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Title: Psychosocial factors associated with vocational activity and quality of life in people living with human immunodeficiency virus (HIV) infection
Author: Watson, Robert
Awarding Body: University of London
Current Institution: University College London (University of London)
Date of Award: 2001
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This research attempted to determine the association between self-efficacy and quality of life and establish the specific contribution of vocational activity to quality of life in people living with HIV. In this cross-sectional study sixty five participants were recruited from Genitourinary Medicine Clinics and voluntary sector HIV services using non-random sampling methods. The main independent variables were self-efficacy (vocational specific and general), personality, and coping. The dependent variables were vocational activity and quality of life. Data on anxiety and depression was also collected. Participants completed questionnaire measures of relevant constructs. Overall there was a high level of psychological morbidity. Over half the sample reached caseness for anxiety and one quarter reached caseness for depression. Furthermore over half the sample were classified as low or very low on quality of life. This means they fell between the first and twentieth percentiles that distinguish clinical from non-clinical samples. Only a small proportion of participants were engaged in paid employment. Higher levels of vocational self-efficacy and lower levels of depression were associated with higher degrees of vocational activity. Logistic regression failed to show independent effects for either vocational self-efficacy or depression but together they were powerful predictors of vocational activity, suggesting that the two constructs may be related. Although higher levels of general self-efficacy was associated with better quality of life, general self-efficacy failed to demonstrate independent effects in linear regression analyses. On both conceptual and empirical grounds general self-efficacy did not appear to be a unitary construct but a poor relation of problem-focused coping. Only neuroticism and problem focused coping were independent predictors of quality of life. The presence of paid employment was associated with greater quality of life highlighting the psychological costs associated with unemployment in people with HIV infection. The clinical implications of these findings were discussed. It was proposed that psychological interventions for people living with HIV needed to be designed within a quality of life framework. Interventions were likely to fall into two broad categories - those that assist people return to work and thereby improve quality of life, and those that improve quality of life through other strategies when return to work is not feasible.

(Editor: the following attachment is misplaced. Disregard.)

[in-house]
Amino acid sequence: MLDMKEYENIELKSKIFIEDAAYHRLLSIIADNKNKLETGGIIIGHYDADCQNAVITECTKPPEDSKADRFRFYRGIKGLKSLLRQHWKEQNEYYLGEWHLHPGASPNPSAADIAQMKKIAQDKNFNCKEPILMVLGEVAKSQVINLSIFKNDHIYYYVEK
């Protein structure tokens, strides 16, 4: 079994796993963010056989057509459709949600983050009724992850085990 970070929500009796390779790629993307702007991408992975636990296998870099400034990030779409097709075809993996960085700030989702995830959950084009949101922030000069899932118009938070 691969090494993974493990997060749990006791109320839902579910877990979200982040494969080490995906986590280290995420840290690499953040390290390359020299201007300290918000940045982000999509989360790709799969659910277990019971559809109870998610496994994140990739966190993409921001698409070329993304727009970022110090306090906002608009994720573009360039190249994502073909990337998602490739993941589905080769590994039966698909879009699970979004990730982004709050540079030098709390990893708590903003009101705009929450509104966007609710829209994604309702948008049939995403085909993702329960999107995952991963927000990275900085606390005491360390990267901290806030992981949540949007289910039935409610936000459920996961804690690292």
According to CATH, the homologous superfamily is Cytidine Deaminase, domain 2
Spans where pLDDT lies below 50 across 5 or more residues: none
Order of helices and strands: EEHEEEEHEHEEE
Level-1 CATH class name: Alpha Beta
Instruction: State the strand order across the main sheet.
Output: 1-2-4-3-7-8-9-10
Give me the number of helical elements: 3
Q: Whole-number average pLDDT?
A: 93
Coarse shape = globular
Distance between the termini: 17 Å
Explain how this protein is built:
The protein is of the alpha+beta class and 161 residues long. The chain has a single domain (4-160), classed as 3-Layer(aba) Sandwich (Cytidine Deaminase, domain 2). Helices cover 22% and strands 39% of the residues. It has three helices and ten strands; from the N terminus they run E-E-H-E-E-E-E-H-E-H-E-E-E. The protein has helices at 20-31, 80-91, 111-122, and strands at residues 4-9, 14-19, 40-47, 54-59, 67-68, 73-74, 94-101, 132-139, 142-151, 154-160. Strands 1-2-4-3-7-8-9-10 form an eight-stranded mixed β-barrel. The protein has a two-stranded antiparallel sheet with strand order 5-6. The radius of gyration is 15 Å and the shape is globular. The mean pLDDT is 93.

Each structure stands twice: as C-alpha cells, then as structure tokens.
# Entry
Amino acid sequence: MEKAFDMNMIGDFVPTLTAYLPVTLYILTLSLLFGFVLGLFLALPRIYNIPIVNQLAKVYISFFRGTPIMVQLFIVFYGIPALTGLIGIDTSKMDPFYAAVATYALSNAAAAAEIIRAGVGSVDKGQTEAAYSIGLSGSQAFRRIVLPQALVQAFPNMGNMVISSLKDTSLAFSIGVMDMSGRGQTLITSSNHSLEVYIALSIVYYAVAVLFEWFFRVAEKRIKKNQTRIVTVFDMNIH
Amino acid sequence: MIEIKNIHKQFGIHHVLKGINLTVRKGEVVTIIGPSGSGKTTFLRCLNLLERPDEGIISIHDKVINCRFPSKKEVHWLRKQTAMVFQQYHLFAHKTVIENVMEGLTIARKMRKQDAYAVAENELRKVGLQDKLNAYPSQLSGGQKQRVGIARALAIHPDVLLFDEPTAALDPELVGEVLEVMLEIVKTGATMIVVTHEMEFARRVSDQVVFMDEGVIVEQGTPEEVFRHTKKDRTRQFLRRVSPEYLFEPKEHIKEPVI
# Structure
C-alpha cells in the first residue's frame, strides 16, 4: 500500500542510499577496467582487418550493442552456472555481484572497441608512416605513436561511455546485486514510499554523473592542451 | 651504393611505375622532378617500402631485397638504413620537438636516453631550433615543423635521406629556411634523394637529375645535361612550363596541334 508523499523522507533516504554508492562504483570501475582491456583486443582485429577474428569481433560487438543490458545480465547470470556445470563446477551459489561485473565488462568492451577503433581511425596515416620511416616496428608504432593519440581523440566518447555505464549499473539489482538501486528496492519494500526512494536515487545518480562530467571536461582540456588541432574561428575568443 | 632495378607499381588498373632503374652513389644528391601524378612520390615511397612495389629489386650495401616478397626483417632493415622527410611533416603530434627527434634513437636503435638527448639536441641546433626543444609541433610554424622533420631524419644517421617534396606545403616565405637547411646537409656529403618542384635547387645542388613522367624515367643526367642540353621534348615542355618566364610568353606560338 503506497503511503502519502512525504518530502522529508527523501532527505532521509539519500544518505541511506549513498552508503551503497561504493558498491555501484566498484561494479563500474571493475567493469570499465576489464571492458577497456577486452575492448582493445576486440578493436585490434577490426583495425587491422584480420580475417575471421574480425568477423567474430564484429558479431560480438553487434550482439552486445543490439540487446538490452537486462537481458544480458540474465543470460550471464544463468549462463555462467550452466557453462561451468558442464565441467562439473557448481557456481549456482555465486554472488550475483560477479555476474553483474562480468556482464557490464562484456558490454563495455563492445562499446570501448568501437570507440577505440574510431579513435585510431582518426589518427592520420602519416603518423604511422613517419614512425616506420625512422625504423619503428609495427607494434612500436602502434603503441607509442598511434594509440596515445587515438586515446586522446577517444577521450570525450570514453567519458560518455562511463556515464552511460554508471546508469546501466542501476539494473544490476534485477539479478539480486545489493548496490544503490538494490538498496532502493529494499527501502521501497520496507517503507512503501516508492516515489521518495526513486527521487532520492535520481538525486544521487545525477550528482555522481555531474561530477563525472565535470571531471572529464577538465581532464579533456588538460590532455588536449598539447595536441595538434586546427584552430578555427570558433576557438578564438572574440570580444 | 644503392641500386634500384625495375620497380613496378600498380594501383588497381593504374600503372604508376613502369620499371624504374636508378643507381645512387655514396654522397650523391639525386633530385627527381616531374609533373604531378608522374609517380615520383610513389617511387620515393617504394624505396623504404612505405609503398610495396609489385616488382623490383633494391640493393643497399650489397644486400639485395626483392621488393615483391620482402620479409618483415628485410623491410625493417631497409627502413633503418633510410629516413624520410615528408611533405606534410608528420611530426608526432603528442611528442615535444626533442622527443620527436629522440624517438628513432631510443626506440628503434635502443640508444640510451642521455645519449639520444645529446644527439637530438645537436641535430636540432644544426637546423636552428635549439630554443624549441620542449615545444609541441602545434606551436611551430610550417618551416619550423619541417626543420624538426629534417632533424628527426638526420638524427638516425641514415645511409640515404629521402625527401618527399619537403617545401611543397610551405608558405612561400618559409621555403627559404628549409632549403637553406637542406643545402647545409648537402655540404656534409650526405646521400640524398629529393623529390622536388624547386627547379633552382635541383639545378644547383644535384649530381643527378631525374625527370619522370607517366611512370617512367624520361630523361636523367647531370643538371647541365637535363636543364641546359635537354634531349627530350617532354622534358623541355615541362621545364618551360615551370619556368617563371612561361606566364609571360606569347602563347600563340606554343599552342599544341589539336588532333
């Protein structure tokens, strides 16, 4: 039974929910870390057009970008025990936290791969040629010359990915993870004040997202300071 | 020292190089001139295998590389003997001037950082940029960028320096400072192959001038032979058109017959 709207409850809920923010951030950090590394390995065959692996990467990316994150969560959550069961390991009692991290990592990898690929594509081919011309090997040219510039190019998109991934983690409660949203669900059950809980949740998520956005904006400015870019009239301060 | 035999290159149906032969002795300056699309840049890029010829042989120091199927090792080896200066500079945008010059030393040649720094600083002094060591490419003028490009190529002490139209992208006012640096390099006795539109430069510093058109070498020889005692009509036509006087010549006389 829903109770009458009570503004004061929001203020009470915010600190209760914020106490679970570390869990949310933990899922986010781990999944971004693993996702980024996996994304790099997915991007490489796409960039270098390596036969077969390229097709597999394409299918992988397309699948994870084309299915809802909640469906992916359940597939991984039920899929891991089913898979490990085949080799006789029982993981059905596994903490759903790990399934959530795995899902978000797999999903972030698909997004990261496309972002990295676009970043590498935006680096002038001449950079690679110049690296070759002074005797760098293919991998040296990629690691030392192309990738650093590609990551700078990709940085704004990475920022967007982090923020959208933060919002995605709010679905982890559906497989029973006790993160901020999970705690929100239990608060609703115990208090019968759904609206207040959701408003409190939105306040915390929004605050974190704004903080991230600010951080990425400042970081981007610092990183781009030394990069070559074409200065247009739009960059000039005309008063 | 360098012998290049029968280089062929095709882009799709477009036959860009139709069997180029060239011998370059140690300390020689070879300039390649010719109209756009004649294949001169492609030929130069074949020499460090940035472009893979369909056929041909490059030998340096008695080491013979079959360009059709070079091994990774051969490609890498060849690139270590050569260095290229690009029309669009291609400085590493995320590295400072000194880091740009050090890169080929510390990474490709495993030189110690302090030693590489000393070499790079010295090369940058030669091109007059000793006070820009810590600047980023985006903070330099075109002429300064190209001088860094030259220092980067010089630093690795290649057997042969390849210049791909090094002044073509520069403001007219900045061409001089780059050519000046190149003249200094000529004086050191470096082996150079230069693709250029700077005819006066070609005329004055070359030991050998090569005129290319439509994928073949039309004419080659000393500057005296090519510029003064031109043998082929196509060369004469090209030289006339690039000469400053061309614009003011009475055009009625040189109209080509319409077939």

Supervisor: Not available Sponsor: Not available
Qualification Name: Thesis (Ph.D.) Qualification Level: Doctoral
EThOS ID:  DOI: Not available